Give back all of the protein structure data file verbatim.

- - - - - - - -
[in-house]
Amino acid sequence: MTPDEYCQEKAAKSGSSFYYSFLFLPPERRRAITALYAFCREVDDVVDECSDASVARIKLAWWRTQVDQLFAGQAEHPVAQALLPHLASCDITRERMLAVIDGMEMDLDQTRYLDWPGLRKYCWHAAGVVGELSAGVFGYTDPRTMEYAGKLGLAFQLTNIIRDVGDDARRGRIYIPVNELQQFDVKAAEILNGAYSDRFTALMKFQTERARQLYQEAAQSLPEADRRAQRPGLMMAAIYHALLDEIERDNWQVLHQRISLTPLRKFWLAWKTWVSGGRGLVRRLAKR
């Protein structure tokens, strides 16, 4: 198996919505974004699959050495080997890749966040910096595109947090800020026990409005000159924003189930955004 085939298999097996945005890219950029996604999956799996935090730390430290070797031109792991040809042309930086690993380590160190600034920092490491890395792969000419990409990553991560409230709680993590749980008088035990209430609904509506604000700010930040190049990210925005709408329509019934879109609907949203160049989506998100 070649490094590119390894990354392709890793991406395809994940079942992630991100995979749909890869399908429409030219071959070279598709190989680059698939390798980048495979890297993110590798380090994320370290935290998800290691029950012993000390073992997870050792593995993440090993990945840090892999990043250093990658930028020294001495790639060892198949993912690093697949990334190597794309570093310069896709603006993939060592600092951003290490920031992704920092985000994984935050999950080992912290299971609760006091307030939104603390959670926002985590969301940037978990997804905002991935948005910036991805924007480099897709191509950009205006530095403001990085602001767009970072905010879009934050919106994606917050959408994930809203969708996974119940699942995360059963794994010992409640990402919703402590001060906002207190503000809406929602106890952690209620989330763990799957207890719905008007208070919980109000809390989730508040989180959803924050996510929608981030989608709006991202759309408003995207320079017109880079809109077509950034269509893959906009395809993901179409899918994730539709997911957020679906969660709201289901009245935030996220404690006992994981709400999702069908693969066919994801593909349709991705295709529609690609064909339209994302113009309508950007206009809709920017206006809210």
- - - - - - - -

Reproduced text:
[in-house]
Amino acid sequence: MTPDEYCQEKAAKSGSSFYYSFLFLPPERRRAITALYAFCREVDDVVDECSDASVARIKLAWWRTQVDQLFAGQAEHPVAQALLPHLASCDITRERMLAVIDGMEMDLDQTRYLDWPGLRKYCWHAAGVVGELSAGVFGYTDPRTMEYAGKLGLAFQLTNIIRDVGDDARRGRIYIPVNELQQFDVKAAEILNGAYSDRFTALMKFQTERARQLYQEAAQSLPEADRRAQRPGLMMAAIYHALLDEIERDNWQVLHQRISLTPLRKFWLAWKTWVSGGRGLVRRLAKR
């Protein structure tokens, strides 16, 4: 198996919505974004699959050495080997890749966040910096595109947090800020026990409005000159924003189930955004 085939298999097996945005890219950029996604999956799996935090730390430290070797031109792991040809042309930086690993380590160190600034920092490491890395792969000419990409990553991560409230709680993590749980008088035990209430609904509506604000700010930040190049990210925005709408329509019934879109609907949203160049989506998100 070649490094590119390894990354392709890793991406395809994940079942992630991100995979749909890869399908429409030219071959070279598709190989680059698939390798980048495979890297993110590798380090994320370290935290998800290691029950012993000390073992997870050792593995993440090993990945840090892999990043250093990658930028020294001495790639060892198949993912690093697949990334190597794309570093310069896709603006993939060592600092951003290490920031992704920092985000994984935050999950080992912290299971609760006091307030939104603390959670926002985590969301940037978990997804905002991935948005910036991805924007480099897709191509950009205006530095403001990085602001767009970072905010879009934050919106994606917050959408994930809203969708996974119940699942995360059963794994010992409640990402919703402590001060906002207190503000809406929602106890952690209620989330763990799957207890719905008007208070919980109000809390989730508040989180959803924050996510929608981030989608709006991202759309408003995207320079017109880079809109077509950034269509893959906009395809993901179409899918994730539709997911957020679906969660709201289901009245935030996220404690006992994981709400999702069908693969066919994801593909349709991705295709529609690609064909339209994302113009309508950007206009809709920017206006809210």